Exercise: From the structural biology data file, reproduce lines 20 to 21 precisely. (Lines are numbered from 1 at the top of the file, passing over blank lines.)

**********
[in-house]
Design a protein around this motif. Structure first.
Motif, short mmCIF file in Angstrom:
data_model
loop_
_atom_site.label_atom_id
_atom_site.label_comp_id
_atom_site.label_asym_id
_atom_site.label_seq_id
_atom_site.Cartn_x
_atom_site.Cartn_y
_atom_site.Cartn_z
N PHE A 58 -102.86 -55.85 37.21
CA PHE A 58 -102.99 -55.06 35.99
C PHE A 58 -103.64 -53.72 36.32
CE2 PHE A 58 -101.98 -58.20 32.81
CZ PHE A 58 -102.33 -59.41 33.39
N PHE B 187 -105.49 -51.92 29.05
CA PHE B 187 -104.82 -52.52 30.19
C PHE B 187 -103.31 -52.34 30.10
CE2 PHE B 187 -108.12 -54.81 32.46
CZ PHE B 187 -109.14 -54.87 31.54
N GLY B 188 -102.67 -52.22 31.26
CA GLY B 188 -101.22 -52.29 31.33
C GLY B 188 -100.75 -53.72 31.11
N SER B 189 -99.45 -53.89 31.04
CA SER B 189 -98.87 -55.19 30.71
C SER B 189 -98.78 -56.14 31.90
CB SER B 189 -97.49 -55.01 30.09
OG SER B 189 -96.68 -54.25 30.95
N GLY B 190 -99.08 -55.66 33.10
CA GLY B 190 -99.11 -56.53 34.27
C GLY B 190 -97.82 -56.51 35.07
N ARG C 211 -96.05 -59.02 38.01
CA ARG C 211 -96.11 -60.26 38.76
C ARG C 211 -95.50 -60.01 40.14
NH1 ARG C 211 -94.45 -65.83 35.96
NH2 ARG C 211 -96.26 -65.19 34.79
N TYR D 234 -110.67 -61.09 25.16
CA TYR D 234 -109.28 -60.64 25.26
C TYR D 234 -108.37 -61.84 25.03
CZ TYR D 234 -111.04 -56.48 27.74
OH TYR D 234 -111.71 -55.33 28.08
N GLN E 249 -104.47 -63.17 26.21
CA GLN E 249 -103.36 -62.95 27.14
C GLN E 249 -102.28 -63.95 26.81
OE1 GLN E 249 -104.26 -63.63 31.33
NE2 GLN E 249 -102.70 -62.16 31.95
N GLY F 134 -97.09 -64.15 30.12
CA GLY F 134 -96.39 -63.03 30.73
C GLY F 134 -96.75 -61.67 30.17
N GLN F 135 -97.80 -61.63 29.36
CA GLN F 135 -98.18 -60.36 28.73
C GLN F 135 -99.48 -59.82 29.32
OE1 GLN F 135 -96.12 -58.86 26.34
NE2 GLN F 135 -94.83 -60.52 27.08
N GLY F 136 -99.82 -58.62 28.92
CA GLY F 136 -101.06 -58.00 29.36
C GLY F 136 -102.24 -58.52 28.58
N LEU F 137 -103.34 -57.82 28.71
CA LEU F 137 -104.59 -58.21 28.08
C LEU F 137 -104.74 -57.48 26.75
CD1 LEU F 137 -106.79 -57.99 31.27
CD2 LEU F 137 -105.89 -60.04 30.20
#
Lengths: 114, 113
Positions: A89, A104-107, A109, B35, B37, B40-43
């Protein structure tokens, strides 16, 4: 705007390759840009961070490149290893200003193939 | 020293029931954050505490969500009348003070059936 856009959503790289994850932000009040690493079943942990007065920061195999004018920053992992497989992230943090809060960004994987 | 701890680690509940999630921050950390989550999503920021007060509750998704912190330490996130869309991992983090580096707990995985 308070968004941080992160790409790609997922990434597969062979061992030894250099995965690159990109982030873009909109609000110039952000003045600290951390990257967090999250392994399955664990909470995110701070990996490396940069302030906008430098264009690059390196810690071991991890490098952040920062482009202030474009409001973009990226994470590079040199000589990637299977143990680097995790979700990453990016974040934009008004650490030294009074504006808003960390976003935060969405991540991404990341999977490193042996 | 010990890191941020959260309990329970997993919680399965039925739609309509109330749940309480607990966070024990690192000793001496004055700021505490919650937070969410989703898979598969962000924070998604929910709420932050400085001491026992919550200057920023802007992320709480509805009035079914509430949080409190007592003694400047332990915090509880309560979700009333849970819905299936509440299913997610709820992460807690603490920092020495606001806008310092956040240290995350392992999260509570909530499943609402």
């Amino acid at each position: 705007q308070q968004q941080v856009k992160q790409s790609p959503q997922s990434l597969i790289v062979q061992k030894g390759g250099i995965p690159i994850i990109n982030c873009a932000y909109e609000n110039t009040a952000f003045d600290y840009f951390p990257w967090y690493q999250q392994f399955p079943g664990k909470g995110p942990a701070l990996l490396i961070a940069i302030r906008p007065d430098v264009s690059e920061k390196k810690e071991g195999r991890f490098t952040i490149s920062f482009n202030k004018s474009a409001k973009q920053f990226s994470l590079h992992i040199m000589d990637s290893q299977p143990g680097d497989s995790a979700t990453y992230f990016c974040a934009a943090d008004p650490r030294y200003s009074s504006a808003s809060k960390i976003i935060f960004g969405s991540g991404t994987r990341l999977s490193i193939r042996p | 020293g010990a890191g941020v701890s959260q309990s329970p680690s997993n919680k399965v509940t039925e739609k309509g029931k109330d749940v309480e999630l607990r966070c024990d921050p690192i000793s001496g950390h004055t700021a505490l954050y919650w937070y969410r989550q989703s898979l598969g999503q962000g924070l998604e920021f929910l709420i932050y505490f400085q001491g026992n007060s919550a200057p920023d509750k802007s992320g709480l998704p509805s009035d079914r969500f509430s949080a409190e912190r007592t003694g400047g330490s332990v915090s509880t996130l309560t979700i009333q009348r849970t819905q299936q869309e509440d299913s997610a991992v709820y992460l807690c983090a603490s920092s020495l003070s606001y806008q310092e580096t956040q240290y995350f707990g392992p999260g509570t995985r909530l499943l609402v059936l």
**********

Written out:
C PHE B 187 -103.31 -52.34 30.10
CE2 PHE B 187 -108.12 -54.81 32.46